1. Road verge. As previously discussed, J and I participated in a city tree planting program earlier this fall. Our house felt particularly exposed to the street when we moved in. The fence went some way to addressing this problem, but further measures were clearly required. I did not want large trees that might shade out our front garden, a consideration that, along with the narrowness of the verge, left us with 2 choices of trees: dogwood (out of stock) and Koelreuteria paniculata (Golden Rain Tree). For a fee of $50, the trees were purchased and planted by the urban forester and his crew. Meanwhile, I had weeded the verge and added loose soil left over from other projects around the garden. I sowed a number of wildflower seeds in fall. Now a mixture of (to me) unidentifiable sprouts has emerged. My hope is that at least some of them might be the wildflowers I scattered, though I am not deceiving myself. As I have no idea what the seedlings of these plants look like, I am assuming that the best plan is to wait until they grow a bit and declare their true identities. Under a thin veneer of newly added the soil, the verge is covered in compacted gravel. Any recommendations for drought tolerant verge plantings on very poor/compacted soil are welcome.
  2. Rhipsalis. These bizarre, Medusa-headed tropical cactus are among my favorite houseplants. I have a couple of varieties – rhipsalis cereuscala and hatiora salicornioides. Rhipsalis are epiphytic and look lovely in hanging pots. Their blooms are tiny and perfectly formed. They are pretty forgiving (particularly the cereuscala) and seem to grow well in a variety of light and moisture conditions. I find that a weekly watering – only after testing to make sure the soil is dry – is generally adequate. If stressed, they will begin dropping sections of their long, cylindrical leaves. They are also incredibly easy to propagate by cutting and many leaves grow adventitious roots.

7 thoughts on “Six on Saturday

  1. That’s quite a project you have going there. Plenty to keep you busy for a long time! Your title made we wonder how on earth the word Rogue could be used tonake a garden (thoughts of sheltered criminals came to mind), but a read of ‘About’ cleared up my misgivings!

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  2. How lucky you are to have a neighbour who specialises in habitat restoration, it sounds perfect, and also a lovely stream bordering your plot. It will be a magnet for wildlife. I didn’t see a photo of the road verge you mentioned, but a drought tolerant plant that does well for me in full sun is Nepeta (cat mint), a good choice for attracting wildlife (bees, butterflies).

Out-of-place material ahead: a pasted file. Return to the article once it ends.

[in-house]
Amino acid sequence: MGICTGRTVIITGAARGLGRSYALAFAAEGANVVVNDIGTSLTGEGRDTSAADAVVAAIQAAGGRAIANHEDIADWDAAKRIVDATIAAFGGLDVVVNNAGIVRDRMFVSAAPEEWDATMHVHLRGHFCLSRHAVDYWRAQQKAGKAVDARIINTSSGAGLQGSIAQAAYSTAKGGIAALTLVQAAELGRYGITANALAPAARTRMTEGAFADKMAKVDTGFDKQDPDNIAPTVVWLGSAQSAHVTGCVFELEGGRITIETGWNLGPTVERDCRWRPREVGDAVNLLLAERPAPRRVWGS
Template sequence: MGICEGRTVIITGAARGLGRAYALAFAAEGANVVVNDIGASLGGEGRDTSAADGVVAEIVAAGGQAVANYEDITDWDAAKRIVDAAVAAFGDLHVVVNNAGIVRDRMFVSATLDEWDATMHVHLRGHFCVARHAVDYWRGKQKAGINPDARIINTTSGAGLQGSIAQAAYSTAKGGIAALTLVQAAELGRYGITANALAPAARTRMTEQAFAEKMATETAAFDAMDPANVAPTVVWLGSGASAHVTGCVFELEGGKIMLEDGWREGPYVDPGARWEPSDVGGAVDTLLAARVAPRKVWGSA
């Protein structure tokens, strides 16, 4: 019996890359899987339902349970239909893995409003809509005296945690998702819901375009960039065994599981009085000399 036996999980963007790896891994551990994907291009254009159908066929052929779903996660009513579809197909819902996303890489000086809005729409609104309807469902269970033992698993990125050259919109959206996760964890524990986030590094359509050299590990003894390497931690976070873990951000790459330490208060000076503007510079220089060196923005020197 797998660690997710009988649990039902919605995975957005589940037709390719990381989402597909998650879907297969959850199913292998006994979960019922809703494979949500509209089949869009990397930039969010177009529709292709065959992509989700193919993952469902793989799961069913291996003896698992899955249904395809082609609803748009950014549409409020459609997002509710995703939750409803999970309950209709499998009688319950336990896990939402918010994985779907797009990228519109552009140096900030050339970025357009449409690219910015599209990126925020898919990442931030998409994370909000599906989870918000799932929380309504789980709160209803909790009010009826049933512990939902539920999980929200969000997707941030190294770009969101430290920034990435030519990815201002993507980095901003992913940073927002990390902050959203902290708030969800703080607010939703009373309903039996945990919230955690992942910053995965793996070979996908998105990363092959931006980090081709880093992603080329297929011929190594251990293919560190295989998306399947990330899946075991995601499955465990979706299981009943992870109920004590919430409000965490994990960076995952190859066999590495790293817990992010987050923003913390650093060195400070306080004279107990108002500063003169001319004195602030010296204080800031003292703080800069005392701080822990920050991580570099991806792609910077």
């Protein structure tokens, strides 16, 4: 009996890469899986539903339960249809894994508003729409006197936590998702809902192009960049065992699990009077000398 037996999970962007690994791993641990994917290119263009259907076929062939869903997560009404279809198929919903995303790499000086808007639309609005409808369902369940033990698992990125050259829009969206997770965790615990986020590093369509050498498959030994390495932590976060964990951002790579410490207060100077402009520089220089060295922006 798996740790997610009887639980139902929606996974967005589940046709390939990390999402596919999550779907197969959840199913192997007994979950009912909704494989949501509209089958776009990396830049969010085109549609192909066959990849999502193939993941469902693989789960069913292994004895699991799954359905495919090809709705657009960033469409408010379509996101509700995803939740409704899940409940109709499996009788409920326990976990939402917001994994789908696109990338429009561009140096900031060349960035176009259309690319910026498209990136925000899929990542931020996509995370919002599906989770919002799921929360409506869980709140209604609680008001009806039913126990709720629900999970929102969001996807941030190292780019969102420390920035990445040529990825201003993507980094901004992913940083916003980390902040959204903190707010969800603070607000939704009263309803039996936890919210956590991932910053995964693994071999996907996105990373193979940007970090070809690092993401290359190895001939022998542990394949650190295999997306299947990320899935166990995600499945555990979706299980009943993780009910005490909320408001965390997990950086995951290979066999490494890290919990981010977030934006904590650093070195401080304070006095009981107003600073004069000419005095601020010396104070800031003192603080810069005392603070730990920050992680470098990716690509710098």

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    • That is an excellent suggestion. In fact, I have seen cat mint thriving on another verge in the neighborhood. I also scattered California poppy seeds and native tarweed, as I have seen these succeed with minimal coddling under conditions that must be far from ideal.

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      • That’s a good sign, if it’s already growing well locally. The poppies will be lovely too – and the cat mint also needs v little care. If you cut back after the first flowering, you get a second flowering later, always nice.

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  3. It’s interesting to get a mix of individual plants and views of whole gardens on different sixes. I found myself engaging as a gardener with your plot, comparing its size with mine (about double) wondering what the soil was like, looking enviously at the creek and wondering how well behaved it was, peering closely at the plants-what are they, how are they growing, what they tell me about your climate. It’s so interesting looking at other people’s gardens when their conditions are not utterly different from your own, the out and out tropical ones engage me less.

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    • Yes, I too enjoy seeing gardens in similar climates. As to the stream, it is a fascinating, dynamic, occasionally frustrating part of our lives that determined us on purchasing this lot in the first place. The sound and cool breezes that rise in summer are so refreshing. In winter, we watch nervously for possible flooding and in between rain storms pick bizarre trash out of the stream (green carpet and snowsuit full of sand, for example). Gilbert Creek is an ” urban stream,” which passes on its journey to the Rogue River through our small city. Unfortunately, much of its banks are neglected, eroded, covered in Himalayan blackberry. Apparently Steelhead salmon used to use this stream, but pollution from storm drains and deforestation of the banks has contributed to their decline. I am hoping that I can do something to encourage my neighbors to care for the riparian areas on their property, but don’t yet have a fully fledged plan. I figure, I start with my own backyard and take it from there. Thanks for reading!